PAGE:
[Fig. 2]Ágnes Csanády and Dan Shechtman in 1995 in Balatonfüred, Hungary, during an international school on quasicrystals (left, photograph by I. Hargittai) and in 2019 at the Budapest University of Technology and Economics, following Shechtman’s inaugural lecture as John von Neumann Professor (right, photograph by an unknown photographer).

Shechtman always appreciated Csanády’s “art.” Two images recall their meetings. In May 1995, one of us (IH), along with others, organized an international school/conference on quasicrystals in a resort place at Lake Balaton, Hungary. There, we could learn and discuss everything known by then about quasicrystals in an unhurried and relaxed atmosphere. On this occasion, Csanády personally demonstrated to Shechtman and everybody else her unrivalled quasicrystal images.

[Fig. 3]Scanning electron microscopy image of flower-like quasicrystals isolated from quenched Al17Mn ribbons. Courtesy of Ágnes Csanády (1987 [6]). The length of the horizontal bars corresponds to 1 μm.


[Fig. 4]From left to right: fivefold, threefold and twofold projection models that could also be observed in the SEM micrographs (Nissen, Csanády et al. 1988 [4]).

Nissen, Csanády et al. (1988) derived the polyhedral star morphology of the flower-like quasicrystals from one of the Archimedean (semiregular) polyhedra, viz. the truncated icosahedron. With this notion of icosahedral symmetry, they beautifully connected two great contemporary discoveries in materials science: quasicrystals and buckminsterfullerene.

[Fig. 5]Israeli postage stamp 2014.

One of Csanády’s flower-like icosahedral quasicrystal images (Csanády, 1987 [6]) served as a basis for a beautiful Israeli postage stamp. In the introductory paragraph, we alluded to the difficulties in recognition of Shechtman’s discovery. His Nobel Prize in 2011 in Chemistry ended any hesitation for such recognition. By the time the International Year of Crystallography came about in 2014, it was considered to be one of the stellar achievements of recent science. The Israeli Post Office honored both Shechtman’s accomplishment and the International Year of Crystallography with its stamp. Csanády’s quasicrystal provided a scientifically sound and visually pleasing artwork, attractive for scientists and philatelists alike. It turned out to be a profound tool for science popularization as well.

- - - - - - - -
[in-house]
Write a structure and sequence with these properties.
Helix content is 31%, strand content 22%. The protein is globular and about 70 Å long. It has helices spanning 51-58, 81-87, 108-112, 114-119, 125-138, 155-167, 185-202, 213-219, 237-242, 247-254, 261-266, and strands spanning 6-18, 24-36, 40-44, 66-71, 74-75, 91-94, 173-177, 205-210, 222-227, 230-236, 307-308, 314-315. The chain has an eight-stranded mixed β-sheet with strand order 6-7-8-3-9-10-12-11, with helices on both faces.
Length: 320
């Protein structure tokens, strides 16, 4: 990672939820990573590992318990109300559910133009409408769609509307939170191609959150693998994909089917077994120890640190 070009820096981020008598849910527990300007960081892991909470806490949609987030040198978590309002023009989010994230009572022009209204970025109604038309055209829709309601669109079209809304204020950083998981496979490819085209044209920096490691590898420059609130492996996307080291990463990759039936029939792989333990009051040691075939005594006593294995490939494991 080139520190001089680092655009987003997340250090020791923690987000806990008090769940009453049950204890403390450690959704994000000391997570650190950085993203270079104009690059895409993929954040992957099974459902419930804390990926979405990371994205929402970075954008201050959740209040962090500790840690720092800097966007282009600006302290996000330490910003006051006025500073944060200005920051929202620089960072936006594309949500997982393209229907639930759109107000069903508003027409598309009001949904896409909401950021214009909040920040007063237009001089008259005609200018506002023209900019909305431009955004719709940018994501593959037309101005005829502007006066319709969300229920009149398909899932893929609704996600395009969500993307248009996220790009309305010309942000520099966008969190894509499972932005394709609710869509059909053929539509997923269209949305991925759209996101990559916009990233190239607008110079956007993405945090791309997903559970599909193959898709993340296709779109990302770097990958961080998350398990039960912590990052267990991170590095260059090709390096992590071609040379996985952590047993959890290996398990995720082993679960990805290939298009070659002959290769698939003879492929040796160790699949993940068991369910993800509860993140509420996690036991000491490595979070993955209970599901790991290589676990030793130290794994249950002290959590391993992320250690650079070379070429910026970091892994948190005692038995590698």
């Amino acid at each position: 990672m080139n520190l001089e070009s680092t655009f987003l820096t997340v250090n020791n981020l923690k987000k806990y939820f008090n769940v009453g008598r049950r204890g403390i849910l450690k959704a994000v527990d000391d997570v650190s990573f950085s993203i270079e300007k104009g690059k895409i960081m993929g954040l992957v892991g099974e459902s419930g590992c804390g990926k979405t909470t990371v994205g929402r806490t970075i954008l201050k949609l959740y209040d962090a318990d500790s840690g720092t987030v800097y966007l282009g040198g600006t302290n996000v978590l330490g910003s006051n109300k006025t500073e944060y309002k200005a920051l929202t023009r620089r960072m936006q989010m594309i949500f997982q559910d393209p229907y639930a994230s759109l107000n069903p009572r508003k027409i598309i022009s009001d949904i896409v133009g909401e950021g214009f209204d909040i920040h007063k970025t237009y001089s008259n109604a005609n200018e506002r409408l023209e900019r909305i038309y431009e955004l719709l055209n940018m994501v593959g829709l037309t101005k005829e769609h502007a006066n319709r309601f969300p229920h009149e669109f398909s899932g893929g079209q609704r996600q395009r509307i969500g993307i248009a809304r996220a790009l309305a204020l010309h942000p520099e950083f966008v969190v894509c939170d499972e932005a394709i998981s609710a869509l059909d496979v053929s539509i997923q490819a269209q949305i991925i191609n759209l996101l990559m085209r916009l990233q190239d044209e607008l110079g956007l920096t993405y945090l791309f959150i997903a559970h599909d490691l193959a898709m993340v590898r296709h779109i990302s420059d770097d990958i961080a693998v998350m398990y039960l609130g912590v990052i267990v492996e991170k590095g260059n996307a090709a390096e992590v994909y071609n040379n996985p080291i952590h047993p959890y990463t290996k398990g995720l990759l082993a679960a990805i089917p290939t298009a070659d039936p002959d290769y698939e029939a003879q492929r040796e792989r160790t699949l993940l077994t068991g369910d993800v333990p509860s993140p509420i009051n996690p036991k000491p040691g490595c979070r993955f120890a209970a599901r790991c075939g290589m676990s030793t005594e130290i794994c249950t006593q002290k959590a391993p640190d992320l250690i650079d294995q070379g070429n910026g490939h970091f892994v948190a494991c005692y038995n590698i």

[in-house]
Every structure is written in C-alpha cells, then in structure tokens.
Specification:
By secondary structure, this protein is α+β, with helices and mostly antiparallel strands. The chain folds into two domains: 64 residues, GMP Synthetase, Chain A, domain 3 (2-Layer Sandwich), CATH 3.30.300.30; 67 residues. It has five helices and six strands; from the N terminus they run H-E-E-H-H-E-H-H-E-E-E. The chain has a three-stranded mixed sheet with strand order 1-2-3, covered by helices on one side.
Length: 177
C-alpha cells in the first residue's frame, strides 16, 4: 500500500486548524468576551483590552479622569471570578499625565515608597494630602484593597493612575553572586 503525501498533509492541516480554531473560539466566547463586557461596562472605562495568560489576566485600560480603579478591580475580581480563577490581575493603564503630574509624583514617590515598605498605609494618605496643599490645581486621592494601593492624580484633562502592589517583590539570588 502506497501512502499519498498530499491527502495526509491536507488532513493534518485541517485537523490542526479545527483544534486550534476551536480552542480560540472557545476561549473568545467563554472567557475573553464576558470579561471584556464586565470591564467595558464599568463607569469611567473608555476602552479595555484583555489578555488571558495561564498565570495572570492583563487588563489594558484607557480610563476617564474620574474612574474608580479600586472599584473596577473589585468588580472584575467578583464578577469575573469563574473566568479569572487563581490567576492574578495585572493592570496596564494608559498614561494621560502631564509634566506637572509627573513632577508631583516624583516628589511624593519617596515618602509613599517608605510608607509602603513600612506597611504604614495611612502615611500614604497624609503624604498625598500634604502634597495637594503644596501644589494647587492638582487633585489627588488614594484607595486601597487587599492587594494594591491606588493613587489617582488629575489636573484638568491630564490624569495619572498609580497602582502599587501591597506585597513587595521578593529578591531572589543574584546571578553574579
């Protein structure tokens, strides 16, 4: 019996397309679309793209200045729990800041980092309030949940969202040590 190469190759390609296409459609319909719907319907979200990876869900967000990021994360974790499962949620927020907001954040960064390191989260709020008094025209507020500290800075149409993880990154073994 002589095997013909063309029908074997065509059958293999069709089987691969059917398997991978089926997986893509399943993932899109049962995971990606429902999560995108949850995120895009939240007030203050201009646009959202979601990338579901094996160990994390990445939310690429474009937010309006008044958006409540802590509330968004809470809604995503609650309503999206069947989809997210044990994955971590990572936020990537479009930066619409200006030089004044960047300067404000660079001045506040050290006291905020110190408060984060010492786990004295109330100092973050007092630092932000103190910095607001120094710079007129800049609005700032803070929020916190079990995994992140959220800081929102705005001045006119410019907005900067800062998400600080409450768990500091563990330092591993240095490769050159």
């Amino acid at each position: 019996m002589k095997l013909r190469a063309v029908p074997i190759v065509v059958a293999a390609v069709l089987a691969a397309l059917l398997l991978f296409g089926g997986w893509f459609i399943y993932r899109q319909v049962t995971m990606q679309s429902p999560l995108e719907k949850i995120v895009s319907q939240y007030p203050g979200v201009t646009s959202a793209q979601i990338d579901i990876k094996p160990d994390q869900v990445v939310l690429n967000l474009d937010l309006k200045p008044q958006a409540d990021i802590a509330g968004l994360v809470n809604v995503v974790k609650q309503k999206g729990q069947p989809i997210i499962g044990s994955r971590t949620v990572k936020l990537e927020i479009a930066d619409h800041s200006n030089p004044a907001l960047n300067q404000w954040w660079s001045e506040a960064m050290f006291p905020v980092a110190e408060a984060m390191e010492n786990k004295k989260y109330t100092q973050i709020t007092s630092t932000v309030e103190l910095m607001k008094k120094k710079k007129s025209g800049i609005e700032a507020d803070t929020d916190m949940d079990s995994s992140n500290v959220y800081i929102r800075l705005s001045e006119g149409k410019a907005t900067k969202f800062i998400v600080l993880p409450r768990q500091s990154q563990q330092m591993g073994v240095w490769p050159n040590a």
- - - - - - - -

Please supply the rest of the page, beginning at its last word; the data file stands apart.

We thank Ágnes Csanády and Danny Shechtman for comments.



[1] Dan Shechtman, Ilan Blech, Denis Gratias & John W. Cahn (1984). “Metallic Phase with Long-Range Orientational Order and No Translational Symmetry.” Phys. Rev. Lett. 53, 1951‒1953.

[2] Istvan Hargittai (2011). “«There Is No Such Animal (וזכ היח ןיא) »—Lessons of a Discovery.” Struct. Chem. 22, 745‒748.

[3] Istvan Hargittai & Magdolna Hargittai (2000). In Our Own Image: Personal Symmetry in Discovery, pp. 157‒179. New York: Kluwer/Plenum.

[4] H.-U. Nissen, R. Wessicken, C. Beeli & A. Csanady (1988). “Al-Mn quasicrystal aggregates with icosahedral morphological symmetry.” Philos. Mag. B, 57, 587‒597.

[5] Á. Csanády, K. Urban, J. Mayer & P. B. Barna (1987). “Crystalline and quasicrystalline phases formed by interdiffusion in evaporated Al-Mn thin films.” J. Vac. Sci. Technol. A5(4), 1733‒1734.

[6] Ágnes Csanády (1987). “Quasicrystals.” Mat. Sci. Forum, 22‒24, v.


Istvan Hargittai and Magdolna Hargittai are at Budapest University of Technology and Economics, Hungary.
4 January 2022